Jordaan Mason, genderqueer lo-fi folk artist from Toronto, has been creating music since 2004, quiet acoustic demos recorded while they were still attending high school. But it was not until 2009, five years later, that Mason released their most acclaimed and popular piece.

The album itself can be summed up by its cover art: a humanoid figure in a horse mask, a wedding dress, holding a shotgun and wearing old heavy-duty boots

Written and performed as an ensemble with their friends, Mason’s album feels bare, brutal, broken. It is honest and unsparing: grotesque but never violent or indulgent. The record directly confronts the idea of a concept piece, set around a fictional war from the works of artist Henry Darger, with a romantic narrative as fluid and misunderstood as the individuals involved. The melodies and instrumentation on display here are beautiful and ghostly, Mason’s vocals so breathy but always reaching slightly outside of their comfort zone. But the lyrics themselves depict a landscape so barren and apocalyptic; whale killers, lizard men, sleeping in slaughterhouses. The story is so deeply layered with metaphor and reference that one could find it daunting if not for the raw beauty of the songwriting surrounding it.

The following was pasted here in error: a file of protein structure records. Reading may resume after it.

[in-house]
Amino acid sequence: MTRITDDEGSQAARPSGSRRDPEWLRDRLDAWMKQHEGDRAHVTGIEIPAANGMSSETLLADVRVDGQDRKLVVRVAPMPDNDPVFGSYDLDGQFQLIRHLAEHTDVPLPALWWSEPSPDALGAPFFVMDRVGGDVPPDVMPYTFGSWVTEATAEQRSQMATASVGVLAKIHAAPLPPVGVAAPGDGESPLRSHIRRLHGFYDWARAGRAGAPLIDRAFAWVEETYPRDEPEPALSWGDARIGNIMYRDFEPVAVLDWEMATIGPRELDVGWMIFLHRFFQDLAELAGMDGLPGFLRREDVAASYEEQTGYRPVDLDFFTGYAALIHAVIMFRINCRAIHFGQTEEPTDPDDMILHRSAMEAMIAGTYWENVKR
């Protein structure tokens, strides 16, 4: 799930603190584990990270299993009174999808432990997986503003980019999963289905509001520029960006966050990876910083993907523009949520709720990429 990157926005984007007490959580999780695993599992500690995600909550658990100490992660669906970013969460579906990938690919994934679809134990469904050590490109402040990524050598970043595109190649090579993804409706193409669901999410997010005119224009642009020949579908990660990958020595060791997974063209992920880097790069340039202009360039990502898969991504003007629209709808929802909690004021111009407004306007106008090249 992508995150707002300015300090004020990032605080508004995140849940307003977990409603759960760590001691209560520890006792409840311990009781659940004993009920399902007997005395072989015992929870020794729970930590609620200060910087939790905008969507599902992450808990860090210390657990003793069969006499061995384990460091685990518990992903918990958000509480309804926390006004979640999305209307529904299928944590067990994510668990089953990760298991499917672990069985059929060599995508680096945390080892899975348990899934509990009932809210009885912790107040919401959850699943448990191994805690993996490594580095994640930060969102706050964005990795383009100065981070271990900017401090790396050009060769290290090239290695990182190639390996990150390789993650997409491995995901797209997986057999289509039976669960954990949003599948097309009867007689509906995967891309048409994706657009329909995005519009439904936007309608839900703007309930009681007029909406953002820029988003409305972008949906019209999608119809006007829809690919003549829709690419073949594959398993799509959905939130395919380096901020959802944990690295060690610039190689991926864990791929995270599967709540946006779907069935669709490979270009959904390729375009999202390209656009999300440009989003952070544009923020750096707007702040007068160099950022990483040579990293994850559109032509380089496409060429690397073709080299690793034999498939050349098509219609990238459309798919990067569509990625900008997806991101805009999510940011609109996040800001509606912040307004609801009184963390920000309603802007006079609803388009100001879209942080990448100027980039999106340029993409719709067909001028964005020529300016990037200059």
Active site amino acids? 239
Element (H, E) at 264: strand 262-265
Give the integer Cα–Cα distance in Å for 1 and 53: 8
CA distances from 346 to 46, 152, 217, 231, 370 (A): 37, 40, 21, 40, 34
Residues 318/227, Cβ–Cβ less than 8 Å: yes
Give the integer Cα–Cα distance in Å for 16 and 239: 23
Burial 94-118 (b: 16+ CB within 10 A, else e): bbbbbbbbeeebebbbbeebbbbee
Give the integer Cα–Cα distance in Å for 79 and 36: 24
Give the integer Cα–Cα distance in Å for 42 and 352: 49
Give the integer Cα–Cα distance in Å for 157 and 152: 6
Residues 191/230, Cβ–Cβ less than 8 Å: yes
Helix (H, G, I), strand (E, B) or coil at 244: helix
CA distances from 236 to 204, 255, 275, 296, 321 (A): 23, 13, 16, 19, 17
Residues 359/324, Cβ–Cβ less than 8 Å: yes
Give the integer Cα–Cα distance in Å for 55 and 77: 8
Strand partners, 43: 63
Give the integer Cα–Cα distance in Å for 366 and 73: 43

The album itself can be summed up by its cover art: a humanoid figure in a horse mask, a wedding dress, holding a shotgun and wearing old heavy-duty boots. Despite the themes of violence, love, sex, and toil, the album’s main draw is its morbidity and sense of the uncanny.

Mason’s next solo album, Earth to Ursa Major, comes out May 31st. The first single, “Why Fit?”, has already been released and is available on their Bandcamp.

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